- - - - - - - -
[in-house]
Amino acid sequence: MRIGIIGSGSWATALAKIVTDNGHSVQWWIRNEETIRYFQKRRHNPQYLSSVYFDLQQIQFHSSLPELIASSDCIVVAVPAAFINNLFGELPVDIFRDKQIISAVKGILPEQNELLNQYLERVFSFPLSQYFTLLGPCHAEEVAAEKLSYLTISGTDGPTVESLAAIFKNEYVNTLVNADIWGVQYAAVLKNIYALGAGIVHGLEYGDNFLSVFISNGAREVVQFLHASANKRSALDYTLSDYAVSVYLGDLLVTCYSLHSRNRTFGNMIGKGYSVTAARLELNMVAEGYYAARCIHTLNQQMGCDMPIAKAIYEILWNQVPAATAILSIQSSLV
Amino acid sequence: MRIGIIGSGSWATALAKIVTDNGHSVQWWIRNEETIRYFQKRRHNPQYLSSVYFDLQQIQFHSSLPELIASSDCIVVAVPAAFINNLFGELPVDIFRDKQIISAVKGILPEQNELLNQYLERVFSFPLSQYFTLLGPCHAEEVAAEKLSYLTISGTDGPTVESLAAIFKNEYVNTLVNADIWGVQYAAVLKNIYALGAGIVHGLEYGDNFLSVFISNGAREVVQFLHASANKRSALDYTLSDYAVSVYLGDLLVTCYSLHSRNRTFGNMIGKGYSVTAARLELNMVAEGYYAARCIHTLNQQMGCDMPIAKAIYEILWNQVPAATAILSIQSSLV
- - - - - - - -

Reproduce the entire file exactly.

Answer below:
[in-house]
Amino acid sequence: MRIGIIGSGSWATALAKIVTDNGHSVQWWIRNEETIRYFQKRRHNPQYLSSVYFDLQQIQFHSSLPELIASSDCIVVAVPAAFINNLFGELPVDIFRDKQIISAVKGILPEQNELLNQYLERVFSFPLSQYFTLLGPCHAEEVAAEKLSYLTISGTDGPTVESLAAIFKNEYVNTLVNADIWGVQYAAVLKNIYALGAGIVHGLEYGDNFLSVFISNGAREVVQFLHASANKRSALDYTLSDYAVSVYLGDLLVTCYSLHSRNRTFGNMIGKGYSVTAARLELNMVAEGYYAARCIHTLNQQMGCDMPIAKAIYEILWNQVPAATAILSIQSSLV
Amino acid sequence: MRIGIIGSGSWATALAKIVTDNGHSVQWWIRNEETIRYFQKRRHNPQYLSSVYFDLQQIQFHSSLPELIASSDCIVVAVPAAFINNLFGELPVDIFRDKQIISAVKGILPEQNELLNQYLERVFSFPLSQYFTLLGPCHAEEVAAEKLSYLTISGTDGPTVESLAAIFKNEYVNTLVNADIWGVQYAAVLKNIYALGAGIVHGLEYGDNFLSVFISNGAREVVQFLHASANKRSALDYTLSDYAVSVYLGDLLVTCYSLHSRNRTFGNMIGKGYSVTAARLELNMVAEGYYAARCIHTLNQQMGCDMPIAKAIYEILWNQVPAATAILSIQSSLV